Already, pest-control companies in the U.S. are seeing an uptick in business. Scientists are scrambling to fast-track new vaccines. And wary travelers are rethinking tropical vacation plans. Fears over the Zika virus, which has caused thousands of severe birth defects in Latin America, are sending ripples through the global economy. And come summer, the U.S. is likely to start feeling the pressure too. Here, a preview of the costs of fighting the virus.
- $1.1 billion: Funding that the U.S. Senate has proposed to help fight Zika. Initially, the White House requested $1.9 billion, and congressional Republicans countered with a proposal to allocate $622 million that was leftover from programs to fight other diseases including Ebola. The debate has stirred considerable controversy. “This is an emergency,” said White House press secretary Josh Earnest. “The American people are counting on Congress to act. And instead, we’ve gotten bureaucratic excuses.”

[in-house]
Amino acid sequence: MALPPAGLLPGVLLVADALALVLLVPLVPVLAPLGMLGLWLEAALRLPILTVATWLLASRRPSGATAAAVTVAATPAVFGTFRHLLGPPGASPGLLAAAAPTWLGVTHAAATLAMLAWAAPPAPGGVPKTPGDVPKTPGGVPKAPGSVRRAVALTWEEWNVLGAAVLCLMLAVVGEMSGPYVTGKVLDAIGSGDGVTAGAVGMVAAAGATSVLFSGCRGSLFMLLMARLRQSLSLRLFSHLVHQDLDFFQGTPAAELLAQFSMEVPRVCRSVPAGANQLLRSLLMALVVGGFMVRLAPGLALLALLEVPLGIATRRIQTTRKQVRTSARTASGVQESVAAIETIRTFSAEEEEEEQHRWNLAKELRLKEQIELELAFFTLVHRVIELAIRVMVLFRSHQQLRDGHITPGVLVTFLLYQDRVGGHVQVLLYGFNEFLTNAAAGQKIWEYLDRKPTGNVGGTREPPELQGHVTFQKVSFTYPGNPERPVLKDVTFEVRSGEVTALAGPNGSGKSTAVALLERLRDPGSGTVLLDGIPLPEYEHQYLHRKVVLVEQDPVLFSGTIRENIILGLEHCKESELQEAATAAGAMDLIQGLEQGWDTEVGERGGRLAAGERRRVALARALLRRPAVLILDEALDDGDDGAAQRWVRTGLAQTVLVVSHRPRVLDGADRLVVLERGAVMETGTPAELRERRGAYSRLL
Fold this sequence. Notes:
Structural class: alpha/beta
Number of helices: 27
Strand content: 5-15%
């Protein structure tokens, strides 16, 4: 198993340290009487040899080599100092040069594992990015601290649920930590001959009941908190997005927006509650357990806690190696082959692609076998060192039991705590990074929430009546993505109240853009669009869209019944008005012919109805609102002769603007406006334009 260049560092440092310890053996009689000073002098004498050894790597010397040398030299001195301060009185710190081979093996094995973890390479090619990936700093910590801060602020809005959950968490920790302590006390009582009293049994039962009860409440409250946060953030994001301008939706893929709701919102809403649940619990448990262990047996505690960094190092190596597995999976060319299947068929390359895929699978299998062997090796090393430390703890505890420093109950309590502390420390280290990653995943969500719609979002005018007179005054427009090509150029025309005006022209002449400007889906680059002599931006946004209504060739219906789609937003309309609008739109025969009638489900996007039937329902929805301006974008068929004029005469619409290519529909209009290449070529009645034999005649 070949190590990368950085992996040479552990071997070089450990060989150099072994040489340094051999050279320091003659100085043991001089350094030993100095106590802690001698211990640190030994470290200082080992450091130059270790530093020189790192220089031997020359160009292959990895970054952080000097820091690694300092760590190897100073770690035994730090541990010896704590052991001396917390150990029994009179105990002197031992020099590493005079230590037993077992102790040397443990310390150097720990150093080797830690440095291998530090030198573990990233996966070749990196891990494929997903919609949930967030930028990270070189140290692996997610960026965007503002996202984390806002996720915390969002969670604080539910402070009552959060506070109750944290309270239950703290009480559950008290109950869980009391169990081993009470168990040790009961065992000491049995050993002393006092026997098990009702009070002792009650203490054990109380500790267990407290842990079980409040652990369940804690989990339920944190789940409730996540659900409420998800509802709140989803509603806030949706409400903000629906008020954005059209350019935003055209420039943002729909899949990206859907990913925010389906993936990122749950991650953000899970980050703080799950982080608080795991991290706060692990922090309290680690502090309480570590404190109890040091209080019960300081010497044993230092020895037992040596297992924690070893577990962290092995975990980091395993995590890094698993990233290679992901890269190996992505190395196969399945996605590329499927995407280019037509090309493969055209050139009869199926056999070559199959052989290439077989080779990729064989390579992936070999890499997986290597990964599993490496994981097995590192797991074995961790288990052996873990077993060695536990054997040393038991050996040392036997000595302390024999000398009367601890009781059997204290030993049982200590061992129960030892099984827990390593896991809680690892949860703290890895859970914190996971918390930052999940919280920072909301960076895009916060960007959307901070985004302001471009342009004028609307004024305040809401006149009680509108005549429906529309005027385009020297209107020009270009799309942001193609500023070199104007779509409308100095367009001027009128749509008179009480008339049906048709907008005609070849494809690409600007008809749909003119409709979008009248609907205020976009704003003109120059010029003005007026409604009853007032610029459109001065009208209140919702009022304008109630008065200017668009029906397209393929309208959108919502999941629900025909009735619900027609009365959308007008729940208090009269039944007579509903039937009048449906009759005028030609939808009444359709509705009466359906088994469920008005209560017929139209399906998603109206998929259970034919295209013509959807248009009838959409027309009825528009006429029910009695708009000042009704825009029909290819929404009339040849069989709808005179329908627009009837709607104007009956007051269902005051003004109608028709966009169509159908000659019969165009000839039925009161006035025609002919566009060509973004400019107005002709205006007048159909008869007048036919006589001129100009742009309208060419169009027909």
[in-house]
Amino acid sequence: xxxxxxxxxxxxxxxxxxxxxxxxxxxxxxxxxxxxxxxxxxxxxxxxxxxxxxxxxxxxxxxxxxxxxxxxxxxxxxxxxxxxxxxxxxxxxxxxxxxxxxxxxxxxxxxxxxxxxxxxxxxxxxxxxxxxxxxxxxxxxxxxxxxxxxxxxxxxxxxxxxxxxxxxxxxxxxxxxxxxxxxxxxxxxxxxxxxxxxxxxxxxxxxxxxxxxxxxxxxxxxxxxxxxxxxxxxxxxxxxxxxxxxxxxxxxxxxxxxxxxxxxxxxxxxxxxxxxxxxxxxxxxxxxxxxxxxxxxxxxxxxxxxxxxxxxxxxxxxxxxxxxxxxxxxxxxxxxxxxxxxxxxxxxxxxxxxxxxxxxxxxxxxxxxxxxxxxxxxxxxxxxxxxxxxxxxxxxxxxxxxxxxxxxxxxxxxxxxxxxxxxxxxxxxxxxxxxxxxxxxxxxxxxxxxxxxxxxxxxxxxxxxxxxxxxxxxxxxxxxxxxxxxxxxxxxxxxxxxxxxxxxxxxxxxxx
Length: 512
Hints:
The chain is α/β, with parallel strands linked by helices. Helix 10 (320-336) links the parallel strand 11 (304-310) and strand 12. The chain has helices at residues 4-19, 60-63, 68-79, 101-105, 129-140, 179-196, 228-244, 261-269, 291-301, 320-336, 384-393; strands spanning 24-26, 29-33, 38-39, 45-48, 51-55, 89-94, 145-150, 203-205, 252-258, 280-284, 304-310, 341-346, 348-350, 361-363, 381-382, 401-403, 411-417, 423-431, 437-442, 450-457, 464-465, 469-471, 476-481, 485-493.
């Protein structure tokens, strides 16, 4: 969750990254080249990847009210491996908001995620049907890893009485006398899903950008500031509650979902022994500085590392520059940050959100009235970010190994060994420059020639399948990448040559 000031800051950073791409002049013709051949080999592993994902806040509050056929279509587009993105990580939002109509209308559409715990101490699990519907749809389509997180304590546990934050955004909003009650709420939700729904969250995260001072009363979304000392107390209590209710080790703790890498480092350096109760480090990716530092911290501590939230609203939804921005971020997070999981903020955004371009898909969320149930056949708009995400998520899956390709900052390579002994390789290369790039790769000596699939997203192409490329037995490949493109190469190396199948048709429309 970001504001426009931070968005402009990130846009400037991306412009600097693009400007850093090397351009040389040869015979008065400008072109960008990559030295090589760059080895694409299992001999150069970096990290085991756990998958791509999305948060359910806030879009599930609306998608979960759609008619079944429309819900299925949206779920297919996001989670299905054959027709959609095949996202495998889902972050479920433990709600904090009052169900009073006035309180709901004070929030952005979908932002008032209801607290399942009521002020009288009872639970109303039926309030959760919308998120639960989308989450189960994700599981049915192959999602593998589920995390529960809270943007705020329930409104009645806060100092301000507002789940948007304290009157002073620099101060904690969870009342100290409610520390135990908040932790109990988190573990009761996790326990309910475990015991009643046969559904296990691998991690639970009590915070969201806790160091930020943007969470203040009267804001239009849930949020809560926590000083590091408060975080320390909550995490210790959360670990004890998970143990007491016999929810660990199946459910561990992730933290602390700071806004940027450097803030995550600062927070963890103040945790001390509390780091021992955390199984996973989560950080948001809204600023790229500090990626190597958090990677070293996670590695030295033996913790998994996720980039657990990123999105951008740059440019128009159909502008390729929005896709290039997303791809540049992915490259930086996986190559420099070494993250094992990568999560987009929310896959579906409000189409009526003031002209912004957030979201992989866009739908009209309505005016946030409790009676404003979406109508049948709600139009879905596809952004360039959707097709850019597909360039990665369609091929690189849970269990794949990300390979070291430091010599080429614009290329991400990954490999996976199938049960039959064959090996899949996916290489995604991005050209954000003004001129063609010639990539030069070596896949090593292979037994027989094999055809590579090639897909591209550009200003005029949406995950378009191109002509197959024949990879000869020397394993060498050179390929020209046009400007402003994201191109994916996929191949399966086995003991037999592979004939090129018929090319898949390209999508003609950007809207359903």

- 698: Number of locally acquired cases of Zika in Puerto Rico (669 cases), as well as the U.S. Virgin Islands (15) and American Samoa (14), as of mid-May. The regions—particularly the U.S. Virgin Islands—depend heavily on tourism and could take a hit if travelers start booking vacations elsewhere.
- 50%: Increase in bug-repellent sales so far this year at Off!-maker S.C. Johnson & Son. It expects demand to keep rising this summer (it’s donating some product too). In Brazil, Nielsen says, March repellent sales were up 207% year over year.
Read more: “Could LEDs Help Fight the Zika Virus?”
A version of this article appears in the June 1, 2016 issue of Fortune with the headline “The Zika Economy.”